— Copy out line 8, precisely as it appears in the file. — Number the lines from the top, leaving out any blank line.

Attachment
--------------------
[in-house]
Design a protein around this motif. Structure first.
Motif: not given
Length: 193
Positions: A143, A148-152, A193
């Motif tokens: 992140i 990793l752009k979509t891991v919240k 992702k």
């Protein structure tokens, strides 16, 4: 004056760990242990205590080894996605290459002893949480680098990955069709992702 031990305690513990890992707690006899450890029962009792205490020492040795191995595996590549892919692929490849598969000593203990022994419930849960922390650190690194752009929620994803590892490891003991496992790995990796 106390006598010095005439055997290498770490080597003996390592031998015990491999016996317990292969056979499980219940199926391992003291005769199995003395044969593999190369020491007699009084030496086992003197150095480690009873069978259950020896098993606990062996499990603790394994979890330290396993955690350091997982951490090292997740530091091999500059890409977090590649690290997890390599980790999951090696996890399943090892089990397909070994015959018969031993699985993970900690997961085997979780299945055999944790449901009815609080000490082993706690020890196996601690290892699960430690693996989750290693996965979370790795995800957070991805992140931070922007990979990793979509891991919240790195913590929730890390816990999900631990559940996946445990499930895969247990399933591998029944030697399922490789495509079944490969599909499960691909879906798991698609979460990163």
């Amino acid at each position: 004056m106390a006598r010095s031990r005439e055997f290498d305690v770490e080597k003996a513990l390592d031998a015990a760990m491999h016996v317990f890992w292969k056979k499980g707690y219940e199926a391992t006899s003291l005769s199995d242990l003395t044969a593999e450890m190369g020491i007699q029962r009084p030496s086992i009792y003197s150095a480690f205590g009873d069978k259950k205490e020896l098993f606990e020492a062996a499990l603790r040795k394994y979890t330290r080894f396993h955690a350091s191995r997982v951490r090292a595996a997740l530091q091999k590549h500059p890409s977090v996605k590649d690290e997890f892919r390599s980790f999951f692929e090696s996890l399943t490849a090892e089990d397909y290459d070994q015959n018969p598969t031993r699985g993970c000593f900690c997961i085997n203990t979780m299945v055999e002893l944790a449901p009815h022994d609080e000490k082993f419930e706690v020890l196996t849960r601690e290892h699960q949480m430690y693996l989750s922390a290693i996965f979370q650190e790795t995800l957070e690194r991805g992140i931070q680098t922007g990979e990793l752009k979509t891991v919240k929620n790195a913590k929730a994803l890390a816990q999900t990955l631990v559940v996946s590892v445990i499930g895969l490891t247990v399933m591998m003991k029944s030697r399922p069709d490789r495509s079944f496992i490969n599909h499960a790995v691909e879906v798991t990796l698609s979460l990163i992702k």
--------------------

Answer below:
């Amino acid at each position: 004056m106390a006598r010095s031990r005439e055997f290498d305690v770490e080597k003996a513990l390592d031998a015990a760990m491999h016996v317990f890992w292969k056979k499980g707690y219940e199926a391992t006899s003291l005769s199995d242990l003395t044969a593999e450890m190369g020491i007699q029962r009084p030496s086992i009792y003197s150095a480690f205590g009873d069978k259950k205490e020896l098993f606990e020492a062996a499990l603790r040795k394994y979890t330290r080894f396993h955690a350091s191995r997982v951490r090292a595996a997740l530091q091999k590549h500059p890409s977090v996605k590649d690290e997890f892919r390599s980790f999951f692929e090696s996890l399943t490849a090892e089990d397909y290459d070994q015959n018969p598969t031993r699985g993970c000593f900690c997961i085997n203990t979780m299945v055999e002893l944790a449901p009815h022994d609080e000490k082993f419930e706690v020890l196996t849960r601690e290892h699960q949480m430690y693996l989750s922390a290693i996965f979370q650190e790795t995800l957070e690194r991805g992140i931070q680098t922007g990979e990793l752009k979509t891991v919240k929620n790195a913590k929730a994803l890390a816990q999900t990955l631990v559940v996946s590892v445990i499930g895969l490891t247990v399933m591998m003991k029944s030697r399922p069709d490789r495509s079944f496992i490969n599909h499960a790995v691909e879906v798991t990796l698609s979460l990163i992702k």